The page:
• Are there any major obstructions?

By evaluating an environment’s layout, organizations can effectively incorporate digital signage that works with the space to increase accessibility.

Understanding the ways in which location, level of interactivity, positioning, messaging and audiences inform design supports the notion that accessibility should be factored into digital signage before the design process begins. This also reiterates the importance of reviewing the overall accessibility of an environment.

Visibility, approachability, orientation, lighting and noise levels will determine the best location to place screens. Consider whether the screens will be mounted or free-standing. If they are to be mounted, review the distance between the screen and the ground and the distance to other objects in the area.

When looking at interactivity, determine if it is necessary for the goal of the design. Screen size, buttons, navigation menus, proximity to the floor, and touchable maps determine operability. To increase accessibility, the elements should be located within 48 inches of the floor. Larger button sizes and placing interactive elements along the bottom third of a vertical screen and within the bottom half of a horizontal screen are additional ways to facilitate accessible interaction.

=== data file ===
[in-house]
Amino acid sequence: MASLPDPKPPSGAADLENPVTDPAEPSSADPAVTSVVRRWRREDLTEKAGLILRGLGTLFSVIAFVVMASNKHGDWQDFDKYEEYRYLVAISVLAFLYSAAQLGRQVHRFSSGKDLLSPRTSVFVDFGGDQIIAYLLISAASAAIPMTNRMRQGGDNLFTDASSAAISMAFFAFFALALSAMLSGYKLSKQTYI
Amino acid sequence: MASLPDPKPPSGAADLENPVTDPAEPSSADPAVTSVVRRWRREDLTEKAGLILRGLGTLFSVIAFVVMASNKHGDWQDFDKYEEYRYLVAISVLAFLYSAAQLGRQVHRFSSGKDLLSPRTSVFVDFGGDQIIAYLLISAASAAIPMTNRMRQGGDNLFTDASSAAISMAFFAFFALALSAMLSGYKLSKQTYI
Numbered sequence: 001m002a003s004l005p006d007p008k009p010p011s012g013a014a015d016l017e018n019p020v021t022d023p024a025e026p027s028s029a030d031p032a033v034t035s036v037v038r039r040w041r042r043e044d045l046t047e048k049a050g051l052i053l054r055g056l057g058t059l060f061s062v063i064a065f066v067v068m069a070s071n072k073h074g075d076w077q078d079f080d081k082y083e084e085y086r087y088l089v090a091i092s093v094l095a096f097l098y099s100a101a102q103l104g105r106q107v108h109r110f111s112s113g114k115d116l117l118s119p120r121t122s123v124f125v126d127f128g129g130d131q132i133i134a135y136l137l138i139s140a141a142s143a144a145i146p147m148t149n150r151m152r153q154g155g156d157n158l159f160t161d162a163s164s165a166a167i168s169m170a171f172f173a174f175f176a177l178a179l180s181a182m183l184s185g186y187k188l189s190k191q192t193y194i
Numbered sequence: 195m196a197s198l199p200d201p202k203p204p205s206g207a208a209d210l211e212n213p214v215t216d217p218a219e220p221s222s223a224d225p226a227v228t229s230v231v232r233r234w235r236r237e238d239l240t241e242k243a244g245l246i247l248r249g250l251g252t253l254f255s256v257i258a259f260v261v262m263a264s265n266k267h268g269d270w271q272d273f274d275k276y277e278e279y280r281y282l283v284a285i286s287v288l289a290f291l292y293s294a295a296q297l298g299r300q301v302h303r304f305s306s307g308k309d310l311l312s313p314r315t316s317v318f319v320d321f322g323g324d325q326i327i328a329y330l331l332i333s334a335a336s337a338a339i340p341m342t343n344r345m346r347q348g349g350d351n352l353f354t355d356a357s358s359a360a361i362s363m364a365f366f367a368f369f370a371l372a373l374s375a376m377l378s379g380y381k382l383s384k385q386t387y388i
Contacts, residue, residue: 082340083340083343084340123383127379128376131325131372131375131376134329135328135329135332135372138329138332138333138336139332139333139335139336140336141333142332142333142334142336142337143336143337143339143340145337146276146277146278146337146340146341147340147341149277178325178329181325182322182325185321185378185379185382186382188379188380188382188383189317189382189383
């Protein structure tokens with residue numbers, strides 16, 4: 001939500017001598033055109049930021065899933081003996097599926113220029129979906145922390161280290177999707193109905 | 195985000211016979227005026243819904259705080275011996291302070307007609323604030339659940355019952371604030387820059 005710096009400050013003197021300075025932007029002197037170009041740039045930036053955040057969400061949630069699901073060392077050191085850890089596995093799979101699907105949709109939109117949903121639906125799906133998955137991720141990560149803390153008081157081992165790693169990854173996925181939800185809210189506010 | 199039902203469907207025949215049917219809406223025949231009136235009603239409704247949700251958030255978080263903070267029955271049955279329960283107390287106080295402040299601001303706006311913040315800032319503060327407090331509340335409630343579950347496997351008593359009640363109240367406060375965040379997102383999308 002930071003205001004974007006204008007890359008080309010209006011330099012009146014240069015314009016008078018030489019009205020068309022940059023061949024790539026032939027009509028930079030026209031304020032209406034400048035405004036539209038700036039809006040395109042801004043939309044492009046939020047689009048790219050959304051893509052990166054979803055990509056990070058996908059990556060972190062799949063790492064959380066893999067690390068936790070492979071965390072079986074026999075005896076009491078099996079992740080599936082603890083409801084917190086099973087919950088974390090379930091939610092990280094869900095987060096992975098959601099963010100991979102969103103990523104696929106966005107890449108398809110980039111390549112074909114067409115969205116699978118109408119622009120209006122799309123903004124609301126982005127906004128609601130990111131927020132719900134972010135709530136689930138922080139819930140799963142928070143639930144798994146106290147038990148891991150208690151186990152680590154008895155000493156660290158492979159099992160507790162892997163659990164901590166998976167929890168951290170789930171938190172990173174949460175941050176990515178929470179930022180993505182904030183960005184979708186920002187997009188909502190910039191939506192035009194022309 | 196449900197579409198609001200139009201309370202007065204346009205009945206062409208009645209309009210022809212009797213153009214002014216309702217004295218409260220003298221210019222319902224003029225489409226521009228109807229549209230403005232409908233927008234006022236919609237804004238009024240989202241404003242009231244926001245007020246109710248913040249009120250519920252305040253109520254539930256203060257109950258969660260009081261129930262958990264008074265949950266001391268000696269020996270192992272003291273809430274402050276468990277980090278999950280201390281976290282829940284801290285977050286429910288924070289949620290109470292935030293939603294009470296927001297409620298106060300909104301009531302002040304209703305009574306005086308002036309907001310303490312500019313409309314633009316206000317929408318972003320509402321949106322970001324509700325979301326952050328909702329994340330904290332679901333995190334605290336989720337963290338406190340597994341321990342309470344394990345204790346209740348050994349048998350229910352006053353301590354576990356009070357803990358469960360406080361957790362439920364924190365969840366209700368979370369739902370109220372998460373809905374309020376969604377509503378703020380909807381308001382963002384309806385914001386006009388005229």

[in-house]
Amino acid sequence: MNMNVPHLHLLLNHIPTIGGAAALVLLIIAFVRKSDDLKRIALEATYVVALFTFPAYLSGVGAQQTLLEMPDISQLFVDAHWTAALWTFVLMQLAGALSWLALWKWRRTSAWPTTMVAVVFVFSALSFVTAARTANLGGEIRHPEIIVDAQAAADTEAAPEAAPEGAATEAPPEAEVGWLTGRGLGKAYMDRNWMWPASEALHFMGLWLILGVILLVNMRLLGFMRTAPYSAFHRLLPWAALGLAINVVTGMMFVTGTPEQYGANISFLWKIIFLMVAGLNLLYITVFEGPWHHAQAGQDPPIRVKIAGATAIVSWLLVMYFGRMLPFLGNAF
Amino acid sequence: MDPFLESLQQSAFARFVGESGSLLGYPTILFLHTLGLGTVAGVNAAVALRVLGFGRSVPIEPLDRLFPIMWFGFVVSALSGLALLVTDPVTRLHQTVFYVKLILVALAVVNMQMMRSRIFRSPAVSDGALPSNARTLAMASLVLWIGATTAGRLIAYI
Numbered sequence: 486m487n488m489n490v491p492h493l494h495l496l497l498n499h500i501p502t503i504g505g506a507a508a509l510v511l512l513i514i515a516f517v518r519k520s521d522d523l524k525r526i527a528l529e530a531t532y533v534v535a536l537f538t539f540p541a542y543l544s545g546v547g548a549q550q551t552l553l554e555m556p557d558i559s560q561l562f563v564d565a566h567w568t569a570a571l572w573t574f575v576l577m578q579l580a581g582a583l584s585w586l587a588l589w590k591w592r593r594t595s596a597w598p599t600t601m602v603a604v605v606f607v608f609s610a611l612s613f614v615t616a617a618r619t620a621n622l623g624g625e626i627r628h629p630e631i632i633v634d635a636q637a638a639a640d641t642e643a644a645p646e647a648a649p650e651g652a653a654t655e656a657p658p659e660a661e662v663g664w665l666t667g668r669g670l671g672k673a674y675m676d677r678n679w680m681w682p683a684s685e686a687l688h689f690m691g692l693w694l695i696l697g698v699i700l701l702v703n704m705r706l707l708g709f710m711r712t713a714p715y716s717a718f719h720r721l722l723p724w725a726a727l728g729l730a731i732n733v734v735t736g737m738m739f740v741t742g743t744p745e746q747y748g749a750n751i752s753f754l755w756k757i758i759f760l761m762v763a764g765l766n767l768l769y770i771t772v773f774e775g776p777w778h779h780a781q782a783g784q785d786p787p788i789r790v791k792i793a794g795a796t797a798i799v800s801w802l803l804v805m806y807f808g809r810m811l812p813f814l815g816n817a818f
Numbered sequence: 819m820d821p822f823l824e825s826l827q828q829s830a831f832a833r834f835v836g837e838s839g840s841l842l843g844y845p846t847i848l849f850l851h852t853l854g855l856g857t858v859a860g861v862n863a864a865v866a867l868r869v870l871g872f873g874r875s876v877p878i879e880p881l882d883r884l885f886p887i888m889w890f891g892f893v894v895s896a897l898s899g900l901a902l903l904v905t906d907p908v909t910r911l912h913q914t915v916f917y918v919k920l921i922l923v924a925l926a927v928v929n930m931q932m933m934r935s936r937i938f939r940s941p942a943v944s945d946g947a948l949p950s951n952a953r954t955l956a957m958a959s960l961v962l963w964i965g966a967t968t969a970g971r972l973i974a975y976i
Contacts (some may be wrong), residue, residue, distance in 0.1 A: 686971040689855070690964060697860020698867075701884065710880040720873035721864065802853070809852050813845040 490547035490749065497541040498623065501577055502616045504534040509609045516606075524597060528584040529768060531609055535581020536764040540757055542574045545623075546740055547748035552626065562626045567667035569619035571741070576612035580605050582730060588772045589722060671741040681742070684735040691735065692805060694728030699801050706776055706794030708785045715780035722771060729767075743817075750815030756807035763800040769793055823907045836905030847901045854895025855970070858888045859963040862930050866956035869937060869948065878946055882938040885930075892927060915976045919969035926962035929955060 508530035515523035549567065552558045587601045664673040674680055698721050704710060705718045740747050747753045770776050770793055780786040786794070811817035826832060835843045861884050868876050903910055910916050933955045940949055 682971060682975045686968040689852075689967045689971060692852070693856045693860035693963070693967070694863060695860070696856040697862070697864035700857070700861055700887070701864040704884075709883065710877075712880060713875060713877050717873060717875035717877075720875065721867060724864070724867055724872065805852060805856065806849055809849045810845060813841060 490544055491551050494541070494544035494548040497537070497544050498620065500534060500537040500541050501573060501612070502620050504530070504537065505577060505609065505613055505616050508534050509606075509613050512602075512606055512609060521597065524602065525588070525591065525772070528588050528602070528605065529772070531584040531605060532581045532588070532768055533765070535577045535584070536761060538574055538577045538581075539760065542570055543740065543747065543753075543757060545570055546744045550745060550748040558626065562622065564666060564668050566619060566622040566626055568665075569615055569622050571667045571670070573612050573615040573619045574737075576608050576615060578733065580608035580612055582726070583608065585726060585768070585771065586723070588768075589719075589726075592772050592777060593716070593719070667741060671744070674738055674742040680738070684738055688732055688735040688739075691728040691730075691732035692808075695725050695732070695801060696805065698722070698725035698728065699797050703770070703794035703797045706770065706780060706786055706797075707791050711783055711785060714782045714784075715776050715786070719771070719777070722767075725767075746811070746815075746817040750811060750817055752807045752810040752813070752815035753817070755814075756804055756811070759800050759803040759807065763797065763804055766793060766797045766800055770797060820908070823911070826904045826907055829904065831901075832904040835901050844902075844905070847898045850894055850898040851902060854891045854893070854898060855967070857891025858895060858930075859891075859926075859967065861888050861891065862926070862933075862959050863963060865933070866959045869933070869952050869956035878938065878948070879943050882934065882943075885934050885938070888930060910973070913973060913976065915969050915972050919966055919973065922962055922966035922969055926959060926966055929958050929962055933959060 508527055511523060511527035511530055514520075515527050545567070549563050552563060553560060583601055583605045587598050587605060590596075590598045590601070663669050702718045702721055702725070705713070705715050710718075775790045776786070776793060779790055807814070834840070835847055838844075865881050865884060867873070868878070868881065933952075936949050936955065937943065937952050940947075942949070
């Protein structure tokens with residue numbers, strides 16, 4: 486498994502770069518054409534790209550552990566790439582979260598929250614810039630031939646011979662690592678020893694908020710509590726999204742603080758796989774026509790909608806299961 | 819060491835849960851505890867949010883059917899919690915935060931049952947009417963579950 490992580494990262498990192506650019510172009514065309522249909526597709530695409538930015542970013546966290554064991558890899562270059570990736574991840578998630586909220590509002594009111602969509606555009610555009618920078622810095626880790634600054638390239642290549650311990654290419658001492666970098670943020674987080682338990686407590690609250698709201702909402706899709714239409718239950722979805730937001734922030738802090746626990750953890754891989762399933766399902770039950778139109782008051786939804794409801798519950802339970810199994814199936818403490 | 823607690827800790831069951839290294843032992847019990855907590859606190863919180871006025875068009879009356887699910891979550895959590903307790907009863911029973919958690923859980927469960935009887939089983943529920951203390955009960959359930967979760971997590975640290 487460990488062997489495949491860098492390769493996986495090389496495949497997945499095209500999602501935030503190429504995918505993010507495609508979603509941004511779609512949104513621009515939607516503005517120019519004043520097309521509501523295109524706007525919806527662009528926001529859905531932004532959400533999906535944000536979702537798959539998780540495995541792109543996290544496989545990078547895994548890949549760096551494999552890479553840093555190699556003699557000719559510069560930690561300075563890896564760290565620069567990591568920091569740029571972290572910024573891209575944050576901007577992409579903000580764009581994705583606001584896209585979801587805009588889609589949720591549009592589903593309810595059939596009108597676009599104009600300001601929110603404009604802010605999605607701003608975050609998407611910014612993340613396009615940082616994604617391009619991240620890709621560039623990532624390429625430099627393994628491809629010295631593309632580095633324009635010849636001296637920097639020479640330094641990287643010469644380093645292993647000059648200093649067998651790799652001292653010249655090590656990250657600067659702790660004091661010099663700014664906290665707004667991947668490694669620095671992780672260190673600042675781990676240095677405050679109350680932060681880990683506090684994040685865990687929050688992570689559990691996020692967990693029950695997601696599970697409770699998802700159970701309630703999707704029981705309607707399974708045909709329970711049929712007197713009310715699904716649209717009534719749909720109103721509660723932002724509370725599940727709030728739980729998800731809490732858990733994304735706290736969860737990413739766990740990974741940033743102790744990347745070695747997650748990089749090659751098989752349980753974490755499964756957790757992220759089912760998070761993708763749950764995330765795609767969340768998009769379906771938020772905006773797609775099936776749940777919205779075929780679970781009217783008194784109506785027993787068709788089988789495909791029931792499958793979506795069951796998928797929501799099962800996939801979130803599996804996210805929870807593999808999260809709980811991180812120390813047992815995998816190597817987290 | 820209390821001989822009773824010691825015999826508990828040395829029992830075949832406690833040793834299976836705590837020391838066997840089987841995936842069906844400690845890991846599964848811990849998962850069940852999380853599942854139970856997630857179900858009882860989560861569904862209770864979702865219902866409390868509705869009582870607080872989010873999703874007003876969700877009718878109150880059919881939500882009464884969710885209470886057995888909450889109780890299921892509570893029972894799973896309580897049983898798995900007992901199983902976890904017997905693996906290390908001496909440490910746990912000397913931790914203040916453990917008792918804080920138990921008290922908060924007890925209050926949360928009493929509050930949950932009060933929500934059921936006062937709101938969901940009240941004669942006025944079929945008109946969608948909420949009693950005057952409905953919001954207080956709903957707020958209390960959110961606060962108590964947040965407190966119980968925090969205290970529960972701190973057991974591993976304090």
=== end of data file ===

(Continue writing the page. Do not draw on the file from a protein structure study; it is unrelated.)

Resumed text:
Make your digital signage easy to understand

During the design process, businesses have several opportunities to implement inclusivity and universal design.

Universal design refers to a clear and efficient presentation of information that considers consistency, color and contrast, legibility, clarity and a harmonious balance between text and visual assets. This translates to the strategic implementation of the right fonts, verbiage, and symbols to support accessible communication.